The National Centers of Digital Forensics Academic Excellence (CDFAE) program has been developed to foster the digital forensics field and encourages growth in supporting the National Initiative Cybersecurity Education (NICE) framework.
Students participating in the CDFAE program will graduate with the ability to:
Develop a partnership between academia and the government to establish standards and best practices for digital forensics practitioners, educators, and researchers to advance the discipline of digital forensics and increase the number of qualified professionals in the law enforcement, counterintelligence, national defense, and legal communities.
The United States is in a cybersecurity workforce deficit. More than ever, organizations need to plan for the future as significant shifts in cyber operations accelerate globally. Digital forensics skill sets provide cross-cutting application to multiple fields. In its strictest connotation, digital forensics is the application of computer science and investigative procedures involving the examination of digital evidence, including following proper search authority, chain of custody, validation with mathematics, use of validated tools, repeatability, reporting, and expert testimony. Beyond traditional legal purposes, the same techniques, scientific rigor, and procedural precision now support the range of military operations and course of action (e.g., computer network operations, as well as counterintelligence objectives). CDFAE serves as a prime avenue for cultivating leaders to meet evolving objectives across the digital forensics and cyber communities, as is vital to protect, investigate and serve public, private and national goals.
Operating since 1998, DC3 provides digital and multimedia (D/MM) forensics, cyber investigative training; research, development, test and evaluation (RDT&E); and cyber analytics to DoD computer network defense (CND), law enforcement (LE), intelligence community (IC), counterintelligence (CI), and counterterrorism (CT) agencies. DC3 is recognized as a designated National Cyber Center in the National Security Presidential Directive 54/Homeland Security Presidential Directive 23 (NSPD-54/HSPD-24) and serves as the operational focal point for the Defense Industrial Base (DIB) Cybersecurity and Information Assurance DIB CS/IA Program.
DC3 is also a co-lead and the DoD representative for the National Initiative for Cybersecurity Education (NICE) framework under Component 4 - Cybersecurity Workforce Training and Professional Development for Functional Area 3 - Domestic Law Enforcement (LE) and Counterintelligence (CI). DC3's contributions, along with its co-leads defined the NICE framework's high-level category of Investigate for the specialty areas of Digital Forensics and Investigation.
DC3 chairs the CDFAE governance board comprised of academia and professional organizations specific to the discipline. The governance board oversees learning objective requirements, designation, and ensuring that a holistic approach to developing digital forensics, cyber investigation, and cyber analytics education is in place.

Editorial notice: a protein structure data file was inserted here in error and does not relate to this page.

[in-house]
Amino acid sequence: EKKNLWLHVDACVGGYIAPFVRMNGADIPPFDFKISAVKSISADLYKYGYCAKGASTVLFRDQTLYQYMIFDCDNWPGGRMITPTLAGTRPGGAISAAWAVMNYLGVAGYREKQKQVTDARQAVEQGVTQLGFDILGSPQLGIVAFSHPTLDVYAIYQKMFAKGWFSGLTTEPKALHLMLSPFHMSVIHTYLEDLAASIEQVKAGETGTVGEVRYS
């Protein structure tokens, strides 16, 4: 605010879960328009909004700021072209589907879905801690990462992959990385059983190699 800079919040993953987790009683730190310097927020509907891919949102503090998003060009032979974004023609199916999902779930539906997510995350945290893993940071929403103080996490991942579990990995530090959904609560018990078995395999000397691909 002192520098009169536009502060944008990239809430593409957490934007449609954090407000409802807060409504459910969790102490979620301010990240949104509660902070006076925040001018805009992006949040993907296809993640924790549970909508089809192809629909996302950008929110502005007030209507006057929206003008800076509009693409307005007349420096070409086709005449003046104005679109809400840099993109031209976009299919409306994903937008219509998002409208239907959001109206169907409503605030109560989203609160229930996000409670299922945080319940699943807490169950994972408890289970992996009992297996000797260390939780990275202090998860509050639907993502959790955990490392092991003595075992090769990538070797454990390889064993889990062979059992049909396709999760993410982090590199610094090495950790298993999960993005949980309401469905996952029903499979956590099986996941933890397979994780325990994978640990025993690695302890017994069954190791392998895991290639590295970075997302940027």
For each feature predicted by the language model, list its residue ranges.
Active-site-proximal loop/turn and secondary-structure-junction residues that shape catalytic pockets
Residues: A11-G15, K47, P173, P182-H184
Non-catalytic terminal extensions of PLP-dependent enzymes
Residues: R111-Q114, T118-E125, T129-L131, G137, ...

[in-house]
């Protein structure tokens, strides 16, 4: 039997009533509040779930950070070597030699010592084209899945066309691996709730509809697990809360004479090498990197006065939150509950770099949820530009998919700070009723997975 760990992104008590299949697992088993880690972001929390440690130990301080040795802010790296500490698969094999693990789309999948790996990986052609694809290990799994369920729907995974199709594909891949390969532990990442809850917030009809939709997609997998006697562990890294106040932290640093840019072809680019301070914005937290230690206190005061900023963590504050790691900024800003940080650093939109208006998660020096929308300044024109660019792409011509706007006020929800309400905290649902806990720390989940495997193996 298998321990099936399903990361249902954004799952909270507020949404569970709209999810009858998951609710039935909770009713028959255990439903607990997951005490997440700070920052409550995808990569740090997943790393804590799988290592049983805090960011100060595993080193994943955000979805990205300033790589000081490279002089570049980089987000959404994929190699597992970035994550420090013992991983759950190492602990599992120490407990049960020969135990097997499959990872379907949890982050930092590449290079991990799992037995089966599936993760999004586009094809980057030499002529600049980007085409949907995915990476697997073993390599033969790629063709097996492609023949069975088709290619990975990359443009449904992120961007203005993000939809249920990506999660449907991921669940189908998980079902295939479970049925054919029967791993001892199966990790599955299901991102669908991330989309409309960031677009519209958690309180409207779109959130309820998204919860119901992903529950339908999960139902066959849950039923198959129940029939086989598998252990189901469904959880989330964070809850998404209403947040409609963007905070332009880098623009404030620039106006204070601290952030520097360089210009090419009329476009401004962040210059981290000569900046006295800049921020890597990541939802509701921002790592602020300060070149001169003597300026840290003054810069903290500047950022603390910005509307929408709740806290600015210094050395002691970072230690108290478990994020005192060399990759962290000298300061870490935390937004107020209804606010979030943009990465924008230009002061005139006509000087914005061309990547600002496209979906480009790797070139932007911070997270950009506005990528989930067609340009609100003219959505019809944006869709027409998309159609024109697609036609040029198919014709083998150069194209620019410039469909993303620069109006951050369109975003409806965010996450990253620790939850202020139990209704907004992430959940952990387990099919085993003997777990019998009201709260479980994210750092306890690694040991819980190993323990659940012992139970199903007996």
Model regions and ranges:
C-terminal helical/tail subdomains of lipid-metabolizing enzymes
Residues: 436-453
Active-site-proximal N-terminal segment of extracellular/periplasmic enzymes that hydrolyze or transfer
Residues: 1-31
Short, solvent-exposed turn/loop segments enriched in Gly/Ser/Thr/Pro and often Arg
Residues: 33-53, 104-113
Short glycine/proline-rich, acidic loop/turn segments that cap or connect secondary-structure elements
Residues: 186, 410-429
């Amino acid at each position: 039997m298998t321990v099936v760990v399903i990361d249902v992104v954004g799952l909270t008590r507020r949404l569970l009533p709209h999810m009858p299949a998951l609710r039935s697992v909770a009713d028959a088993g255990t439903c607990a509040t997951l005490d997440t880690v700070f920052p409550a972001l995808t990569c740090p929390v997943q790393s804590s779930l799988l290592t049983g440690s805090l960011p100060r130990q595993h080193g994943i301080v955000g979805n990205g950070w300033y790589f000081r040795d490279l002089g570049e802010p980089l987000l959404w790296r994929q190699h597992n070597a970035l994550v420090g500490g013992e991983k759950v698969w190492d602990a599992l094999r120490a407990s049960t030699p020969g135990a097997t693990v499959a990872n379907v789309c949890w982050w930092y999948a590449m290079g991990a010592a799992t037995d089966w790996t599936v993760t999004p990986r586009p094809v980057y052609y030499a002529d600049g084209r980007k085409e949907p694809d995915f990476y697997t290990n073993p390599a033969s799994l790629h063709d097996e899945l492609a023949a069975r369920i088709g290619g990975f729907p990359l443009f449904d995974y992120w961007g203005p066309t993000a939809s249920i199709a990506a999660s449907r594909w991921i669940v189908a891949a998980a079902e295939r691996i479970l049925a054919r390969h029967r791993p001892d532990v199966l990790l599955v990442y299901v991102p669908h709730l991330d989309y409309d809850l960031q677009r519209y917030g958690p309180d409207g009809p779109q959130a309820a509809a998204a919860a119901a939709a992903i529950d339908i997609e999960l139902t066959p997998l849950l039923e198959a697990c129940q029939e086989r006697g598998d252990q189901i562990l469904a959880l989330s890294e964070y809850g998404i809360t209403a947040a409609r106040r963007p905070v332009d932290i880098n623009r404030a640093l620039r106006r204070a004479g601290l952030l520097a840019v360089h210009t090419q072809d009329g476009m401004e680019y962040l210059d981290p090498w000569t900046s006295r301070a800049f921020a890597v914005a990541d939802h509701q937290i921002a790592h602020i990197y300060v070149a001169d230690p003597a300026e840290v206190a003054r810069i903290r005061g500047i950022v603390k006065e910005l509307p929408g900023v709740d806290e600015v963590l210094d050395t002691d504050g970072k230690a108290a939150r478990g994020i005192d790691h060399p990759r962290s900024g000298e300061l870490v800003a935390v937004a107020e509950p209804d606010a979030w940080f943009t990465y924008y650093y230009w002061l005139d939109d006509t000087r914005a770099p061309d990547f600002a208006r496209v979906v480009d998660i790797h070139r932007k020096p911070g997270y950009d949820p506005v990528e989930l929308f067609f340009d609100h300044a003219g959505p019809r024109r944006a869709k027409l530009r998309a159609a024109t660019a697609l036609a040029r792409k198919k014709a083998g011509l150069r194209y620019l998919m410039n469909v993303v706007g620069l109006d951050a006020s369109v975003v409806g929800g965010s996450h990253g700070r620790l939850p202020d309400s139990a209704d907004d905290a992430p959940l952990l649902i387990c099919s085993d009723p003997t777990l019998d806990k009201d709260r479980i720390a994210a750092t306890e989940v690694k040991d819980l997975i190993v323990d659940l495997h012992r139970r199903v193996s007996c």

CDFAE focuses upon building core knowledge domains at multiple skill and ability levels across the education spectrum. CDFAE designates DoD and federal education organizations, and academia to a digital forensic education standard based upon knowledge, skills, and abilities (KSA) used in the field. It is an objective driven program which progresses to topic-based research and problem solving. The CDFAE program is designed to create an applied knowledge (hands-on) to knowledge applied (theoretical and research) educational mechanism with a clear progression between the training and education dichotomy in workforce development.
The eight knowledge domains represent well-rounded digital forensics education topics field and the learning objective levels are indicative elements of those topics. The program must provide structured advanced academic, research, and development capabilities in any or all of the digital forensics knowledge domain areas under the Learning Objective Framework (LOF) at a level appropriate for the current curriculum of participating educational institutes while enhancing and providing supplemental support towards digital forensic objectives. This is accomplished by transitioning general knowledge areas to a specific topic application.
The CDFAE program maps digital forensic knowledge domains to specific learning objectives including practical exercises.
The CDFAE program offers designations to accredited academic programs that confer a digital forensics-related degree. To receive CDFAE designation, an institution's accredited academic program must map courses against a common core curriculum and must have in-course peer reviews of curriculum and practicum within a three year period.
The CDFAE program provides two separate designations that map to the National Initiative for Cybersecurity Education (NICE) framework for persons successfully passing CDFAE testing through a designated CDFAE academic program:
Date Updated: 08 Nov 2013 08:21 EST